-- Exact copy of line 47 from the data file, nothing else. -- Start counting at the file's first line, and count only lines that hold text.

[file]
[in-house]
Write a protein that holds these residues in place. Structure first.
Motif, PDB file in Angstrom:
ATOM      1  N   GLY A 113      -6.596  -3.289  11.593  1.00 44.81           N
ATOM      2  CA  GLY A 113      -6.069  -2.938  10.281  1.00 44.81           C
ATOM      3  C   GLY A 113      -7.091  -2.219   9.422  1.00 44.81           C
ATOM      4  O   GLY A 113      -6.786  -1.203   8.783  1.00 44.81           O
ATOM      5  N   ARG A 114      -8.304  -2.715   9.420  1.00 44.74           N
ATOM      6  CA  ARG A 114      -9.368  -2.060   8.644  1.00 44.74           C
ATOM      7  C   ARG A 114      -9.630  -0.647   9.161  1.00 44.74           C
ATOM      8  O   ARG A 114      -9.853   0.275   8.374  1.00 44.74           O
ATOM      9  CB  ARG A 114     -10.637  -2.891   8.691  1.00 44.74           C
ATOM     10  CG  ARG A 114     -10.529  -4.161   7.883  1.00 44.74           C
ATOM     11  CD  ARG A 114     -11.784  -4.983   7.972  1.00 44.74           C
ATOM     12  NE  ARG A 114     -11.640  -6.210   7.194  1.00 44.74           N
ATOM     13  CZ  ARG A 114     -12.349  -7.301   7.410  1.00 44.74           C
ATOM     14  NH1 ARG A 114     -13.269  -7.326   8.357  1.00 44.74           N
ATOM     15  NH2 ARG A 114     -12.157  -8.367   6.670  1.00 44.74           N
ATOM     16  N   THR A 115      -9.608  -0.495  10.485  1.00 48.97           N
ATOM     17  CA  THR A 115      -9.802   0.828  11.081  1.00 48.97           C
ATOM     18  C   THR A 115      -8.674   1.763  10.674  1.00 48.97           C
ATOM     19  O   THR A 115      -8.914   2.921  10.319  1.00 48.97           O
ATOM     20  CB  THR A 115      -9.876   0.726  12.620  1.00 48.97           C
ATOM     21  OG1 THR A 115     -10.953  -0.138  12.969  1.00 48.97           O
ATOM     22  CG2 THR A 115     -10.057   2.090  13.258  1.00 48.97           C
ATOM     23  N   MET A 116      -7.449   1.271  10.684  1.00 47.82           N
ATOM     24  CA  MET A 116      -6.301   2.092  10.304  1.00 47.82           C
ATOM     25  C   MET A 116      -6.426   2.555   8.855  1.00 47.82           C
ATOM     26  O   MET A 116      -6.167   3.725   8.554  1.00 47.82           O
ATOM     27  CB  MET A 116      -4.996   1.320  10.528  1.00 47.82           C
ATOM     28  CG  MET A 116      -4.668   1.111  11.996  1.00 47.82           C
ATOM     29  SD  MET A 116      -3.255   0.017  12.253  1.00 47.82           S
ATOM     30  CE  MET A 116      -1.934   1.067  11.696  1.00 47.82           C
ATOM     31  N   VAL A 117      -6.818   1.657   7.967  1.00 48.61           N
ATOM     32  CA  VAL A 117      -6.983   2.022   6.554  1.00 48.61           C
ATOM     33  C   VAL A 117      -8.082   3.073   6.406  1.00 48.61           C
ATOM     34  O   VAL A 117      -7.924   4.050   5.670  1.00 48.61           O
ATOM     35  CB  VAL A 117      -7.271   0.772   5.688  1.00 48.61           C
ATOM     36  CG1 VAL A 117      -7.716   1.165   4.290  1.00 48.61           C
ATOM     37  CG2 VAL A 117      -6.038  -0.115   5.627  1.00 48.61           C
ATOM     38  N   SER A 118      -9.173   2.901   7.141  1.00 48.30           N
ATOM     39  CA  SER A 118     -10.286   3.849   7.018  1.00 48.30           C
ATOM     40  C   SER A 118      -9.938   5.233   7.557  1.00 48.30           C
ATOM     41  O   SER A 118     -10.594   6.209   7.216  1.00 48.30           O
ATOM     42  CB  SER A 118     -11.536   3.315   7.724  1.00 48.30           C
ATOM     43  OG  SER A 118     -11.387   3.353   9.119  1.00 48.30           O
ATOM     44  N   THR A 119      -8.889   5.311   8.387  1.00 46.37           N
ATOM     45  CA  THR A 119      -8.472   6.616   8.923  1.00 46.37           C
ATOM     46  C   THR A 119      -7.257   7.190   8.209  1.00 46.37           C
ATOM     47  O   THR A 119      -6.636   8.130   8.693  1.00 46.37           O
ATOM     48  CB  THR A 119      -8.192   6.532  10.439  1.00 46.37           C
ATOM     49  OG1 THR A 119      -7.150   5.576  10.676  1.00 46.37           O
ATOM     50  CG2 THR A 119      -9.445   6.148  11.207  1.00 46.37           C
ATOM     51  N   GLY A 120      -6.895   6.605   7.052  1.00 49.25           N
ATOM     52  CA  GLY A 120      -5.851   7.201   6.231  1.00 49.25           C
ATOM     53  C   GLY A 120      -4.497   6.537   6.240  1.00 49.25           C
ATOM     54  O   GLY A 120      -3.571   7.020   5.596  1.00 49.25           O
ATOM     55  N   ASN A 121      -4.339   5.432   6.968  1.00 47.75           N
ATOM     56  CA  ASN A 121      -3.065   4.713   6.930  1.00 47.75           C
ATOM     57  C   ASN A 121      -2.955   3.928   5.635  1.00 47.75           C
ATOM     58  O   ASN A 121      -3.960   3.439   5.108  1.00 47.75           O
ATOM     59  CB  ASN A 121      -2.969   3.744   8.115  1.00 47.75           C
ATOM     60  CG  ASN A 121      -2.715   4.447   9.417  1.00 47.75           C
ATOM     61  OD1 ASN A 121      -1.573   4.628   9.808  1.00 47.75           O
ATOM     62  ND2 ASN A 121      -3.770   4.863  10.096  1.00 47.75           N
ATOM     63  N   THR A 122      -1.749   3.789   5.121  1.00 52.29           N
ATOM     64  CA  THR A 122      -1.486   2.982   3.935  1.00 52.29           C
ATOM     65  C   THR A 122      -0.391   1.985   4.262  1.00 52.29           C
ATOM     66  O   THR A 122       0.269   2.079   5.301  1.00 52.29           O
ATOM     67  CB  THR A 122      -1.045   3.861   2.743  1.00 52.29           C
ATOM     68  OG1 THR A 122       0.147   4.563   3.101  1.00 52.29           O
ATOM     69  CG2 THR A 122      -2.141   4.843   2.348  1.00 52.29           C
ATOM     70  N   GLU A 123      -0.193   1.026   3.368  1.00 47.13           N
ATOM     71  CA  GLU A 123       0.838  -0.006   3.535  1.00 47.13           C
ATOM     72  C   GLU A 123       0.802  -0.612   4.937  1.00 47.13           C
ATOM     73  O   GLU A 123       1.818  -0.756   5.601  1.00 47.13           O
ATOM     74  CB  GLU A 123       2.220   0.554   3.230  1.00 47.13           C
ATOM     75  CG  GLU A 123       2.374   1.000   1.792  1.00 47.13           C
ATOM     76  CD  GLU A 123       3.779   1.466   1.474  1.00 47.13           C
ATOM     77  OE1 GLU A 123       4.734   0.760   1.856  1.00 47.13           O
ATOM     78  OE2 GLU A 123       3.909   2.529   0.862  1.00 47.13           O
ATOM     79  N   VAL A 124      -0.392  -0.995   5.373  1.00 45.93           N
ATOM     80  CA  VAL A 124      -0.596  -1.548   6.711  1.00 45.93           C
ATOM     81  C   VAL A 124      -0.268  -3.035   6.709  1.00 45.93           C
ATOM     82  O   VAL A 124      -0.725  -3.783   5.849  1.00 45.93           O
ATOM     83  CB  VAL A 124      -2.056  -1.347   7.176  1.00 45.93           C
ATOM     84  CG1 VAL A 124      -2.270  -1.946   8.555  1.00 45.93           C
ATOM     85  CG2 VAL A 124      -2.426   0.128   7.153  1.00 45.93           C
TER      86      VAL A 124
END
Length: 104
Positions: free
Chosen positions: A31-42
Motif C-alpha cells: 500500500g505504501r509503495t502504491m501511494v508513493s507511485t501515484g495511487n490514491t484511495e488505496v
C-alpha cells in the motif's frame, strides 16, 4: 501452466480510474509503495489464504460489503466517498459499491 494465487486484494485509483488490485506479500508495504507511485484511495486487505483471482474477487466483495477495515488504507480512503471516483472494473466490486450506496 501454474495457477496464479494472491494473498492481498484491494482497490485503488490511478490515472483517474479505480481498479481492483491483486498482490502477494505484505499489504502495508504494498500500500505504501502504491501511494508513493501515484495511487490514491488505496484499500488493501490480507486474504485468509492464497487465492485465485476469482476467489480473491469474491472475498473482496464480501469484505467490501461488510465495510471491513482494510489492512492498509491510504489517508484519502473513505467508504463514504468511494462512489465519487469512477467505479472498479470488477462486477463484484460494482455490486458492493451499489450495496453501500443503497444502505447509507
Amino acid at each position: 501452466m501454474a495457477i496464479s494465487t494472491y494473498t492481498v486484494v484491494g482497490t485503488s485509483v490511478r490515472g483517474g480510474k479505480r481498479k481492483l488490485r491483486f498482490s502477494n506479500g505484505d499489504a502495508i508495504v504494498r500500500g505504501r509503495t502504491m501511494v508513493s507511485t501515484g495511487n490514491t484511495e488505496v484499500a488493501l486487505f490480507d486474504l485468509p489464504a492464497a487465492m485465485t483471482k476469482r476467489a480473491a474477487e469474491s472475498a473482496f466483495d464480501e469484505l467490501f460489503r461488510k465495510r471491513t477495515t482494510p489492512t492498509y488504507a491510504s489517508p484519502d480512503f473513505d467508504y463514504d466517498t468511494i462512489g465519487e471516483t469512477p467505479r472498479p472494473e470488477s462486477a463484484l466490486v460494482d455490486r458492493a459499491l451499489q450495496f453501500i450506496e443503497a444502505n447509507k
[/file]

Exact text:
ATOM     44  N   THR A 119      -8.889   5.311   8.387  1.00 46.37           N